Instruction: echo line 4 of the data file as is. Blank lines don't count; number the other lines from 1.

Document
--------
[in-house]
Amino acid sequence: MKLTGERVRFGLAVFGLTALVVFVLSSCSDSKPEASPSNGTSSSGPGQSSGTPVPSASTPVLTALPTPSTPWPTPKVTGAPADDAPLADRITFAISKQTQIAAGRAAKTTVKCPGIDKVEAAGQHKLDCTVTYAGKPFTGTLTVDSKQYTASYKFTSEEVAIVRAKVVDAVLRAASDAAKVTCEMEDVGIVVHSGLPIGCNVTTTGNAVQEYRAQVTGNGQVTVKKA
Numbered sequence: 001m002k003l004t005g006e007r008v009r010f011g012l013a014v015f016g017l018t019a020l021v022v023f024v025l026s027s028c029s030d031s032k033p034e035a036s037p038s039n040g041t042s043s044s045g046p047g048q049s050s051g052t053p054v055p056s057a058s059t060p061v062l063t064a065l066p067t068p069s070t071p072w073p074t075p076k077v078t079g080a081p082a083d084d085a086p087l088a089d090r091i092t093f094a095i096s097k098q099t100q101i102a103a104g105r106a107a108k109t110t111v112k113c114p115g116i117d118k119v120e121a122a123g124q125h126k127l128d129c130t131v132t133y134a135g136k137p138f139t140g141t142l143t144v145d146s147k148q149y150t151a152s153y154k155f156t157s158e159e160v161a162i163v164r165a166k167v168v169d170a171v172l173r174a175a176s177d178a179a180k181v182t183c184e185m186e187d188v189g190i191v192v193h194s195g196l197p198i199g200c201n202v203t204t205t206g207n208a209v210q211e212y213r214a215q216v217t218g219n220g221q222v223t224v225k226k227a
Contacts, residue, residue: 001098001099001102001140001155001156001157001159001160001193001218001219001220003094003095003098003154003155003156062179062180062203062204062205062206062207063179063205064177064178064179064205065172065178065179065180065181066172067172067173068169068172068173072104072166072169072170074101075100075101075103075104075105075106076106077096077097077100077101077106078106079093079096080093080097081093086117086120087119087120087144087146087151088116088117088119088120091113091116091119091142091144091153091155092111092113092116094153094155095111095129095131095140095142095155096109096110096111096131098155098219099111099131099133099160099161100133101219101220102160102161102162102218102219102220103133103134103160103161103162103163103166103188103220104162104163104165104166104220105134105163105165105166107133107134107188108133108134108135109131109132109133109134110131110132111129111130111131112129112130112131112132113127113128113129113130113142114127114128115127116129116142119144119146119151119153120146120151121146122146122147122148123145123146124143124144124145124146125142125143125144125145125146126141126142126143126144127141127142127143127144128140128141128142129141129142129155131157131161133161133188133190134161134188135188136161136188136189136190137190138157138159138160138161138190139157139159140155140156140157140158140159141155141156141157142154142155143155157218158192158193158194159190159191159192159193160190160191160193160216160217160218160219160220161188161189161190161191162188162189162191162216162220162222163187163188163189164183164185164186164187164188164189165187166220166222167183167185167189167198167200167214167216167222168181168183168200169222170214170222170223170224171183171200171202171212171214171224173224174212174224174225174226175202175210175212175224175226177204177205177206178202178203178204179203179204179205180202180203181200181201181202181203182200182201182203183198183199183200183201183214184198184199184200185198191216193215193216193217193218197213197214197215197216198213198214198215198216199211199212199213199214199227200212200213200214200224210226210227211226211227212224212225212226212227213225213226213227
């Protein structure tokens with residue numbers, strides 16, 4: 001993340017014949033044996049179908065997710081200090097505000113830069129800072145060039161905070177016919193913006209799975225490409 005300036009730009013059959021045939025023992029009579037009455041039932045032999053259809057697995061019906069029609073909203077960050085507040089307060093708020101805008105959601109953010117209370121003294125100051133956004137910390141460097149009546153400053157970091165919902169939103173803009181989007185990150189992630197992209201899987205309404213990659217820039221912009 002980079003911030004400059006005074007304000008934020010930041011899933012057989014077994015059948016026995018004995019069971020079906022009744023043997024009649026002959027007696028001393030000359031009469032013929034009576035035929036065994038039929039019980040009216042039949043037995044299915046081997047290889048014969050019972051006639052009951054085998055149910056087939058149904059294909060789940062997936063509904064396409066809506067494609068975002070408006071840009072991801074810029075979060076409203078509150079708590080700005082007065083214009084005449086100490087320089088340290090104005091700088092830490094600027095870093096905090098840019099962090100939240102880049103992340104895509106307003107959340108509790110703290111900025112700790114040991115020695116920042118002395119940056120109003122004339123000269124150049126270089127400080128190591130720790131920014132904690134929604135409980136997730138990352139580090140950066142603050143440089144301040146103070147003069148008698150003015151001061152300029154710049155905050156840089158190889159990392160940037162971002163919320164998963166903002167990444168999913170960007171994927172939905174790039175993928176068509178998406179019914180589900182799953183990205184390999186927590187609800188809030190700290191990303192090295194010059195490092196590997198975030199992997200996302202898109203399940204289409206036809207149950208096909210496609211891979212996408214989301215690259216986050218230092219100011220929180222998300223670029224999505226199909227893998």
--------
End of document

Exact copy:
Contacts, residue, residue: 001098001099001102001140001155001156001157001159001160001193001218001219001220003094003095003098003154003155003156062179062180062203062204062205062206062207063179063205064177064178064179064205065172065178065179065180065181066172067172067173068169068172068173072104072166072169072170074101075100075101075103075104075105075106076106077096077097077100077101077106078106079093079096080093080097081093086117086120087119087120087144087146087151088116088117088119088120091113091116091119091142091144091153091155092111092113092116094153094155095111095129095131095140095142095155096109096110096111096131098155098219099111099131099133099160099161100133101219101220102160102161102162102218102219102220103133103134103160103161103162103163103166103188103220104162104163104165104166104220105134105163105165105166107133107134107188108133108134108135109131109132109133109134110131110132111129111130111131112129112130112131112132113127113128113129113130113142114127114128115127116129116142119144119146119151119153120146120151121146122146122147122148123145123146124143124144124145124146125142125143125144125145125146126141126142126143126144127141127142127143127144128140128141128142129141129142129155131157131161133161133188133190134161134188135188136161136188136189136190137190138157138159138160138161138190139157139159140155140156140157140158140159141155141156141157142154142155143155157218158192158193158194159190159191159192159193160190160191160193160216160217160218160219160220161188161189161190161191162188162189162191162216162220162222163187163188163189164183164185164186164187164188164189165187166220166222167183167185167189167198167200167214167216167222168181168183168200169222170214170222170223170224171183171200171202171212171214171224173224174212174224174225174226175202175210175212175224175226177204177205177206178202178203178204179203179204179205180202180203181200181201181202181203182200182201182203183198183199183200183201183214184198184199184200185198191216193215193216193217193218197213197214197215197216198213198214198215198216199211199212199213199214199227200212200213200214200224210226210227211226211227212224212225212226212227213225213226213227